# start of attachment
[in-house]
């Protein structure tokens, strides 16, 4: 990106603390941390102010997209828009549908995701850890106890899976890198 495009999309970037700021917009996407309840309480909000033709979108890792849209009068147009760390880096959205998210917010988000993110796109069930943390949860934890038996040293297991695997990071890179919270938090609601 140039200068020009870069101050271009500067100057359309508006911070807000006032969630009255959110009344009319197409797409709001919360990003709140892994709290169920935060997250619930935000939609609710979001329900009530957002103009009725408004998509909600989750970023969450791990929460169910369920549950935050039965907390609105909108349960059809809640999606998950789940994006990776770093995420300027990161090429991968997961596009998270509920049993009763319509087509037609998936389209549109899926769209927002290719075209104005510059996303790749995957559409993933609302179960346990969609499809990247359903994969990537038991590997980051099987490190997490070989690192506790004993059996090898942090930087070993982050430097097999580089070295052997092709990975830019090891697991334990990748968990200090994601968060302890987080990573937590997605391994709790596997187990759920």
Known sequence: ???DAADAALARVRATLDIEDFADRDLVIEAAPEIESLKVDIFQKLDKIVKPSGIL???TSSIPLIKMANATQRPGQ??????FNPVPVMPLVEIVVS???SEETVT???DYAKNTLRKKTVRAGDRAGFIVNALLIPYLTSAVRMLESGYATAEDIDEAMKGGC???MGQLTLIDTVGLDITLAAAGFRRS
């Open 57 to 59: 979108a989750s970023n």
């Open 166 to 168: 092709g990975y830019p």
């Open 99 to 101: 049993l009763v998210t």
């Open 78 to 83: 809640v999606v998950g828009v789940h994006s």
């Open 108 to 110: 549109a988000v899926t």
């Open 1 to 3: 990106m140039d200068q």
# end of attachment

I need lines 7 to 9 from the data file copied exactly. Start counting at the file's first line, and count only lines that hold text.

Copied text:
């Open 78 to 83: 809640v999606v998950g828009v789940h994006s």
């Open 108 to 110: 549109a988000v899926t």
């Open 1 to 3: 990106m140039d200068q």